share with others
Play

One of the problems the apostle Paul dealt with in the church in Corinth is how the Corinthians exalted the fleshly and the worldly. We know from 1 Corinthians 12-14 that they wanted flare and attention getting, as seen in their elevation of tongue speaking over all other spiritual gifts. They praised speaking style and entertainment value of the speaker as seen in 1 Corinthians 1-4. They elevated displays of boldness and power. The book of 2 Corinthians reveals that some were very critical of Paul’s suffering and sacrifices. This was such a problem that some doubted his apostleship because of all he experienced in suffering as an apostle. What is interesting about these problems Paul dealt with is that Paul would have a similar problem today. Today we are very much about style, entertainment value, speaking ability, flair, and excitement in speakers. Being bombastic and outlandish is praised in our culture today. We can see some of this criticism of Paul in 2 Corinthians 10. In 10:1 Paul is criticized for being humble when in their presence but being bold when he is gone and writes his letters to them. In 10:10 Paul even quotes one of the criticisms of him.

For they say, “His letters are weighty and strong, but his bodily presence is weak, and his speech of no account.” (2 Corinthians 10:10 ESV)

His lack of persona and style in person caused some people to not listen to him. It is interesting to consider because one wonders if a church today would support Paul to preach for them. So what Paul must do in 2 Corinthians 10 is teach Christians what our spiritual warfare looks like as we follow Jesus and keep us from warring in a worldly way. As we look at this text we are going to see how we are to engage the world, have relationships with each other, and deal with sin and temptations in our own lives.  Particularly, we are going to learn how to fight right.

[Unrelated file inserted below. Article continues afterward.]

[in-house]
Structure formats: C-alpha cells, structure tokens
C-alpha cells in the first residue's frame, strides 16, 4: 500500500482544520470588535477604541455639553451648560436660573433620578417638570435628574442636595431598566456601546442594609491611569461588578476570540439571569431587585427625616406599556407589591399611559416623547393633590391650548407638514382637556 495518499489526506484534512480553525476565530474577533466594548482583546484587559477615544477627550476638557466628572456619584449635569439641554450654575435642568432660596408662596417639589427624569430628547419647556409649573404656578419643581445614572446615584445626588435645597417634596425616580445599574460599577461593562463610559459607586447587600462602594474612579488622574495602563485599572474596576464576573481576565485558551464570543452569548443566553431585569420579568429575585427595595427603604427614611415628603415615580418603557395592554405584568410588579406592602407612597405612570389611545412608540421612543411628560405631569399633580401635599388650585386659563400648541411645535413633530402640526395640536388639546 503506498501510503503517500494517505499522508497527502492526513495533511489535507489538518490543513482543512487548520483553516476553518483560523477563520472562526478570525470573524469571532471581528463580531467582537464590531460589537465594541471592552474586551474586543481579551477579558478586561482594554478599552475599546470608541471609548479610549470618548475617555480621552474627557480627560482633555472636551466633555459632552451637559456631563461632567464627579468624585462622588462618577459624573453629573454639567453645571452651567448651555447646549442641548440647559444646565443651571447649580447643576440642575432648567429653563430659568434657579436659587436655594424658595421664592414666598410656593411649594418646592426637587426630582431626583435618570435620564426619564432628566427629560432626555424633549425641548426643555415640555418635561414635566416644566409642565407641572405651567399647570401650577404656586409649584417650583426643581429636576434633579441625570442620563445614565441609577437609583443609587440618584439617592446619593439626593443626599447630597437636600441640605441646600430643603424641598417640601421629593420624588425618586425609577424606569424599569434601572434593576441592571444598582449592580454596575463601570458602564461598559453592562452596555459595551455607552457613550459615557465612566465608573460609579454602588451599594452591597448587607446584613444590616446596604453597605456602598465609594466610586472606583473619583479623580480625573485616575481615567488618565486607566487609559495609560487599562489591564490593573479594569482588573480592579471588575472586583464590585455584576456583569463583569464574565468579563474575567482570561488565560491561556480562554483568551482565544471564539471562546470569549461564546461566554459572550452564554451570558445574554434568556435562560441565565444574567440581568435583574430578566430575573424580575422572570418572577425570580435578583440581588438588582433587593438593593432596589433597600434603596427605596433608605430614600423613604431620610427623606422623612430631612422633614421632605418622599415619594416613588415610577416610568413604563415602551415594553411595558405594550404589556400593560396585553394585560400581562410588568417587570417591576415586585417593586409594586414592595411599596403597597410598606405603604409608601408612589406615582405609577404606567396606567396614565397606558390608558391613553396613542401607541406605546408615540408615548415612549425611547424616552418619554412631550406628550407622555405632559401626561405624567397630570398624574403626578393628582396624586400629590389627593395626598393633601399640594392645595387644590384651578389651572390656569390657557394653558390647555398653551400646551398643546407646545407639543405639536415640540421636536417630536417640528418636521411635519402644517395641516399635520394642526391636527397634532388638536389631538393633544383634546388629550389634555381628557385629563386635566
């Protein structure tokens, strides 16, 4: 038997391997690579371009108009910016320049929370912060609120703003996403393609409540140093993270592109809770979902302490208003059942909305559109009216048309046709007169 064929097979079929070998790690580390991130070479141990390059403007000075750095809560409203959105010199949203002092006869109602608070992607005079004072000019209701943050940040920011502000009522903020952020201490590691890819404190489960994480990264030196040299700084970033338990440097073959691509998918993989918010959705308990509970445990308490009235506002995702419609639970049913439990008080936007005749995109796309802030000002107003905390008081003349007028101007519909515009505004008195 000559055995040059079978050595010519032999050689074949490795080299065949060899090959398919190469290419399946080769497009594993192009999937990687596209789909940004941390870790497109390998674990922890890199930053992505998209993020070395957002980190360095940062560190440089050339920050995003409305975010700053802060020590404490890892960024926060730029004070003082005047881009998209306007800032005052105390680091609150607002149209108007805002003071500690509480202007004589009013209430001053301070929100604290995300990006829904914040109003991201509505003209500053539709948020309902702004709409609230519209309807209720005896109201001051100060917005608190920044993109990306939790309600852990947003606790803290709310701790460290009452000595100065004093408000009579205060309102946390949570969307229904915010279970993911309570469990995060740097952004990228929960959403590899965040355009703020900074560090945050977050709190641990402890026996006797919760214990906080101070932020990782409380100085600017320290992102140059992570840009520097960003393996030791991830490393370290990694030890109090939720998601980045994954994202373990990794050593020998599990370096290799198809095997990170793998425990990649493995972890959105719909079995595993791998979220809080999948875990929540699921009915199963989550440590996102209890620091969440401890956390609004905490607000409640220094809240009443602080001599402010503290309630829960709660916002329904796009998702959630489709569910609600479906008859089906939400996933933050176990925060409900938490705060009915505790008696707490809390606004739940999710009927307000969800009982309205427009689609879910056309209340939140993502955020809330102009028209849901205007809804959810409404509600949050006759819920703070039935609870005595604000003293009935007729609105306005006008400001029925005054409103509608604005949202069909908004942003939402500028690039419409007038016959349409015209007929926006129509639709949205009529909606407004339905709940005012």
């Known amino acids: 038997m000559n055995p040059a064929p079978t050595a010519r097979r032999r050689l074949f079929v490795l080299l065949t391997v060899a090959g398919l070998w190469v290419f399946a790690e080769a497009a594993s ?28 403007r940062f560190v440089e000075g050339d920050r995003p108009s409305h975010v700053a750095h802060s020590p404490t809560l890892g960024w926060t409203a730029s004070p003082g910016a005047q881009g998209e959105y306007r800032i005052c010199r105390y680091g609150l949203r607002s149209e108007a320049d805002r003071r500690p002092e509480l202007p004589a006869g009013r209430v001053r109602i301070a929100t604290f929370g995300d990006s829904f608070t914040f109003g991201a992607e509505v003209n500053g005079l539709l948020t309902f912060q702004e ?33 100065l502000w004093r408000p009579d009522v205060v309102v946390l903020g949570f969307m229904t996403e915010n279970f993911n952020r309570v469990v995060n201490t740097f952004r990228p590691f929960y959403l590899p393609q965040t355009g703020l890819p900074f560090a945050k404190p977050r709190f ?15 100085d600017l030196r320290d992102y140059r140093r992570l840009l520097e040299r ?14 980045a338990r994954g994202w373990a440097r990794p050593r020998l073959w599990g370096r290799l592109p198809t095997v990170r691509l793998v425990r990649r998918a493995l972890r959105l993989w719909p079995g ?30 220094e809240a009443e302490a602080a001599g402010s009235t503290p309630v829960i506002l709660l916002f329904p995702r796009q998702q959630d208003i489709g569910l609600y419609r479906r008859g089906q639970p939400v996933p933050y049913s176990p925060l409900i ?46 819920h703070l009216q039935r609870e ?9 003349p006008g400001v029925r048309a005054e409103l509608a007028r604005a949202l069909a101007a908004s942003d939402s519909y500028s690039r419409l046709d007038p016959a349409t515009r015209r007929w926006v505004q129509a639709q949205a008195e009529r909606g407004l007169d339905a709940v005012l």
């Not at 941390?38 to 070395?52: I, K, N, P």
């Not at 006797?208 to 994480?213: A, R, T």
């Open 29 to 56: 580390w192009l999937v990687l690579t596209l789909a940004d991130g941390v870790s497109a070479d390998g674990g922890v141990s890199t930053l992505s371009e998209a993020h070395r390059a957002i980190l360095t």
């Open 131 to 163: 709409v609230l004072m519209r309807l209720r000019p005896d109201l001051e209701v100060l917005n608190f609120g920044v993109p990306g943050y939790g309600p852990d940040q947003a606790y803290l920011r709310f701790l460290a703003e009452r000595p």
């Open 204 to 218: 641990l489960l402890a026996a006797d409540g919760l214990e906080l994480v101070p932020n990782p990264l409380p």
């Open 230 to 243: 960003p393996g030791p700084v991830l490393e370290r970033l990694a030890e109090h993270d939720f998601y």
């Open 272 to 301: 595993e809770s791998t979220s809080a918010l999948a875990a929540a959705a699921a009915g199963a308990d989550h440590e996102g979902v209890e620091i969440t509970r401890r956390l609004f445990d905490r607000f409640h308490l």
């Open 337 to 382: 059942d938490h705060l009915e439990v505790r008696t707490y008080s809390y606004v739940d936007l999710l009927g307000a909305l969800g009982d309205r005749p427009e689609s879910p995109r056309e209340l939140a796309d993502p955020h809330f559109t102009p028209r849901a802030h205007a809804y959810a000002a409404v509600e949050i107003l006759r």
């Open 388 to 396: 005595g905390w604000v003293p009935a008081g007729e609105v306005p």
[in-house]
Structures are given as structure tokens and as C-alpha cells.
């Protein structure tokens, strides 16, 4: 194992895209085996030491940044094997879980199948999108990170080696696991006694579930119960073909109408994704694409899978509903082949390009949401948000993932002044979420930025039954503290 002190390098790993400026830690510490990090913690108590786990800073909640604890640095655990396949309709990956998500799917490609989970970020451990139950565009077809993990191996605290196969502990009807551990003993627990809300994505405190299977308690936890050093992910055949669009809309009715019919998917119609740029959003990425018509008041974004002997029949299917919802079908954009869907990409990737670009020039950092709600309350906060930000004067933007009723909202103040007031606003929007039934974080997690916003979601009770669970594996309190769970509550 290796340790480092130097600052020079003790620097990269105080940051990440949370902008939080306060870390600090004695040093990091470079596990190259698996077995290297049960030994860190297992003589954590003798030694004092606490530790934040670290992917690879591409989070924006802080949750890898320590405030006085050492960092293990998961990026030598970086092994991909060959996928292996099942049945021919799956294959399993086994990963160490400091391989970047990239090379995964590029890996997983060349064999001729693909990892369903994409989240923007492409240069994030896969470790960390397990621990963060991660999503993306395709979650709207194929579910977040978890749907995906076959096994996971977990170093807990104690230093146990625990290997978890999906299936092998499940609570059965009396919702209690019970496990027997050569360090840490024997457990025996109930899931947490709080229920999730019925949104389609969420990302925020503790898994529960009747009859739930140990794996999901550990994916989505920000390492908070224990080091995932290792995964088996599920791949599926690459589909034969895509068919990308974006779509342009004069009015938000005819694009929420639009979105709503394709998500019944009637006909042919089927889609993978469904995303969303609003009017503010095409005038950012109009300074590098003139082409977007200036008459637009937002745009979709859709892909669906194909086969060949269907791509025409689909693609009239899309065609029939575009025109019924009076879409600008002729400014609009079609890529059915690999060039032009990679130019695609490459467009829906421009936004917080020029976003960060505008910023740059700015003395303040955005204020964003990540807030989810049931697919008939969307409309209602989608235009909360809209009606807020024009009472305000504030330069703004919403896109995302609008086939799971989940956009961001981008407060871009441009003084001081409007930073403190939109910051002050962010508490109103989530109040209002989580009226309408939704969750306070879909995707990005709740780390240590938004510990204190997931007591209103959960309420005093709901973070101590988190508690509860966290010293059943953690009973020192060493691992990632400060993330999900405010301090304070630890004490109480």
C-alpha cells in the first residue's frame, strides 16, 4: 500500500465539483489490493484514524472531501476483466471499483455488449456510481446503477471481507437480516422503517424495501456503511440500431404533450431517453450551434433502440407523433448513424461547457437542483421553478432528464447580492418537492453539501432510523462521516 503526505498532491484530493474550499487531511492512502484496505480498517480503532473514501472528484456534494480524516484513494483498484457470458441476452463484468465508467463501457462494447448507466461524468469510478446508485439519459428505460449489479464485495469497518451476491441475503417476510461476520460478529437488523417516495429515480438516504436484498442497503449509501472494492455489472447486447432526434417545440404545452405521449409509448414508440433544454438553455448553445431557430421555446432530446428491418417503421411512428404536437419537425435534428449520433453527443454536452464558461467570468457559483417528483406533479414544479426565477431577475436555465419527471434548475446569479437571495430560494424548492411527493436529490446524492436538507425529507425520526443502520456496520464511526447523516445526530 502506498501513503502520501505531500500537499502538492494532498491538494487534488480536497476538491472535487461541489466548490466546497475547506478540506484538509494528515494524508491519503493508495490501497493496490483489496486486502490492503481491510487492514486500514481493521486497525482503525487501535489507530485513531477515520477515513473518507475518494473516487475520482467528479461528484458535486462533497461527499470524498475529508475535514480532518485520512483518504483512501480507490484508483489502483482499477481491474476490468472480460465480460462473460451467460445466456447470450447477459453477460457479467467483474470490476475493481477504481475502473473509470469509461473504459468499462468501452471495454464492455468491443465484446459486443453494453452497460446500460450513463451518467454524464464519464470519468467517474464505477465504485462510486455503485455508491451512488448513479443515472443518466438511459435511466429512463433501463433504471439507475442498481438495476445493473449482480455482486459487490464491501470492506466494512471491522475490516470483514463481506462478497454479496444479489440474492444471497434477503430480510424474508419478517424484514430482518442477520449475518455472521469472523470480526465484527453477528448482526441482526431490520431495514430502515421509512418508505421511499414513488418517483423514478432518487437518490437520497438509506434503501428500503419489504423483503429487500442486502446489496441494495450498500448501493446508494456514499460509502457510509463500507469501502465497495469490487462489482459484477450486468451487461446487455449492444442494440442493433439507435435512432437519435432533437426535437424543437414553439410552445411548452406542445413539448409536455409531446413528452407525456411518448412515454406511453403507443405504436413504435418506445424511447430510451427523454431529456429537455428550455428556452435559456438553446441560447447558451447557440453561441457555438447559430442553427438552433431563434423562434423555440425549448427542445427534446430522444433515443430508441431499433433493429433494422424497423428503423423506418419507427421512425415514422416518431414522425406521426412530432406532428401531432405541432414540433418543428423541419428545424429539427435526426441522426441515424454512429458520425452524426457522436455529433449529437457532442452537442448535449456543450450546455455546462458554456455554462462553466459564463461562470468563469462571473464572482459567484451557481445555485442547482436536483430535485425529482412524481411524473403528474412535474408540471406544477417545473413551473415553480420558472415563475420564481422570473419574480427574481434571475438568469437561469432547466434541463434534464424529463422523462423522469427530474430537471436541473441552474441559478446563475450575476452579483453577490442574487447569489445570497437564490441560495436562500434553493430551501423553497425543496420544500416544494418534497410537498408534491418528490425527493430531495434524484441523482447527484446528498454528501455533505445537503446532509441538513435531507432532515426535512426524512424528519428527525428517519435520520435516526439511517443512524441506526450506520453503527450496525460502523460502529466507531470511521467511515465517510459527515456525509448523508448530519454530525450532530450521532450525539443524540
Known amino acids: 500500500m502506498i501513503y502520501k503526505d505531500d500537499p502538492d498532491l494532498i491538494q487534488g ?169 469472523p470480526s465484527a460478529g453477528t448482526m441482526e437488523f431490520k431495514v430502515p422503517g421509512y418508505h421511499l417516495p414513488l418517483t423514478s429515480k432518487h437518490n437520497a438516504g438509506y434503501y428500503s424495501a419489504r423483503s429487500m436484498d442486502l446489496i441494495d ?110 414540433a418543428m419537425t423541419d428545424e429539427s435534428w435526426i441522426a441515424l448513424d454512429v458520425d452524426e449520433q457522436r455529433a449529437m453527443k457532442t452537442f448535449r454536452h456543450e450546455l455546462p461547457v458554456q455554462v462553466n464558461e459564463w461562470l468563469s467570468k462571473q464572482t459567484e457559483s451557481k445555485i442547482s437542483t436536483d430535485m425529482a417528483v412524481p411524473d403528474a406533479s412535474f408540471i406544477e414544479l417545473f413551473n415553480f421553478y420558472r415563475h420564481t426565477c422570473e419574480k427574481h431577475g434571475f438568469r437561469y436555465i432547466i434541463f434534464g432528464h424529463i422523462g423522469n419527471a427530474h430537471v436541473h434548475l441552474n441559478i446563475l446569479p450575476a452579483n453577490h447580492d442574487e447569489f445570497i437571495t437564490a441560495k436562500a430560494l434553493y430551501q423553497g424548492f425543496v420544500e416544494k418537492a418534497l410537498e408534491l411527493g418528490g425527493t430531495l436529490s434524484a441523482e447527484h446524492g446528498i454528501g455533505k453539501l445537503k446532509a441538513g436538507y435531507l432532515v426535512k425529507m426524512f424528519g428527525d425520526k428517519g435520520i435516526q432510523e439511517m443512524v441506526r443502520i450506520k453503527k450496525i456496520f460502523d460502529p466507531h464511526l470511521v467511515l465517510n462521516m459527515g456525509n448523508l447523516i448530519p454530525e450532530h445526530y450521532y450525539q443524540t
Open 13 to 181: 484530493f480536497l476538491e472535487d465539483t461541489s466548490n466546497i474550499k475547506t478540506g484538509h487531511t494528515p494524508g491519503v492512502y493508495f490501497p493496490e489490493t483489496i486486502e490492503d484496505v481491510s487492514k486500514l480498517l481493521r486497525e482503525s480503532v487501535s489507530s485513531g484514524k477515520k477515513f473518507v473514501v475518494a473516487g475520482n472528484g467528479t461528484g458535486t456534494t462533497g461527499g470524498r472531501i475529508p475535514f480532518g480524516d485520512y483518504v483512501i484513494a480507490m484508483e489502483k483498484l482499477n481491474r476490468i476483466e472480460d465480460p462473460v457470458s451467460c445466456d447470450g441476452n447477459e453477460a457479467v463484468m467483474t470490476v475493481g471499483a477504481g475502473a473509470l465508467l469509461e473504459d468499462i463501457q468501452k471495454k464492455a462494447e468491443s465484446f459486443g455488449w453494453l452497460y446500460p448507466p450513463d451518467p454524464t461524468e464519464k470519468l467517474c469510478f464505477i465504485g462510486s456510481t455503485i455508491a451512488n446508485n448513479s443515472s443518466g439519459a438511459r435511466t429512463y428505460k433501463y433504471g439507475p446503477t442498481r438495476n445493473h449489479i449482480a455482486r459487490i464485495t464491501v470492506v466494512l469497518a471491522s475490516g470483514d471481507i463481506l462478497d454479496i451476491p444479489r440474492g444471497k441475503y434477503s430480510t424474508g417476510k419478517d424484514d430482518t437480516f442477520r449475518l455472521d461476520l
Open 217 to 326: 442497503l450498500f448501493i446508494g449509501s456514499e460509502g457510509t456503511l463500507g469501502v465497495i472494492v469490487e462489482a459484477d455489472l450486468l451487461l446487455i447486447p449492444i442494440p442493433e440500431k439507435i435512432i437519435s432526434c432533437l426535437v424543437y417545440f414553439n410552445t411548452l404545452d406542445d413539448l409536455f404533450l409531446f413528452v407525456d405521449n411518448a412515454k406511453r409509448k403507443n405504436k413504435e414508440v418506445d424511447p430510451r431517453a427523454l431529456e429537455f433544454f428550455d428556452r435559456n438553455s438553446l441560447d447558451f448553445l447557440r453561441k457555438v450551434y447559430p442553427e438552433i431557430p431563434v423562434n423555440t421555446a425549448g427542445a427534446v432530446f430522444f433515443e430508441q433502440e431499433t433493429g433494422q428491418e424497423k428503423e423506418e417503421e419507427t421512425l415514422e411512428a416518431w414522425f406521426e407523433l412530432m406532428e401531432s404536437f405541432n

Warning Against Walking According to the Flesh (10:1-2)

What is stunning is that the Corinthians have mistaken Paul’s lack of boldness and power as a lack of strength and ability. Paul says in verse 2 that he does not want to have to come there and show them boldness. But there are those who are walking according to the flesh. The irony is that those who are charging Paul with “walking according to the flesh” are actually themselves the ones walking according to the flesh.

Listen to verse 1. “I, Paul, myself entreat you, by the meekness and gentleness of Christ….” What Paul has done for them is not walk according to the flesh. Rather, Paul is exhibiting the meekness and gentleness of Christ when he is with them. Here is a church with all kinds of problems and yet when he is with them he shows the meekness and gentleness of Christ. He does so to such a degree that he is actually criticized for his humility. When it comes to understanding how we live our lives and deal with one another, these are the characteristics people should see in us.

So often what Christians think they are to do is be loud and cantankerous. It is almost as if the louder we get and the more stubborn we get, then that shows how right we are. We think that we can loud or rude or boisterous and in this way we can force others into yielding to our way. Is this how Jesus acted when he was challenged? Is this how Jesus acted when people resisted and rejected him? Where do we ever see Jesus being loud, boisterous, cantankerous, rude, pushy, or bully people around? The whole idea of the word “meekness” is a person who has power but that power remains constrained and under control. Listen to this description of Jesus:

“Behold, my servant whom I have chosen, my beloved with whom my soul is well pleased. I will put my Spirit upon him, and he will proclaim justice to the Gentiles. He will not quarrel or cry aloud, nor will anyone hear his voice in the streets; a bruised reed he will not break, and a smoldering wick he will not quench, until he brings justice to victory; and in his name the Gentiles will hope.” (Matthew 12:18–21 ESV)

It is worldly thinking and walking according to the flesh when we quarrel, cry aloud, make noise, draw attention to ourselves, be bold and loud, and run over others. This is not what we see in Jesus. This is not what we see in Paul who is having to defend the gospel and his own ministry.

We Do Not Wage War Like The World (10:3)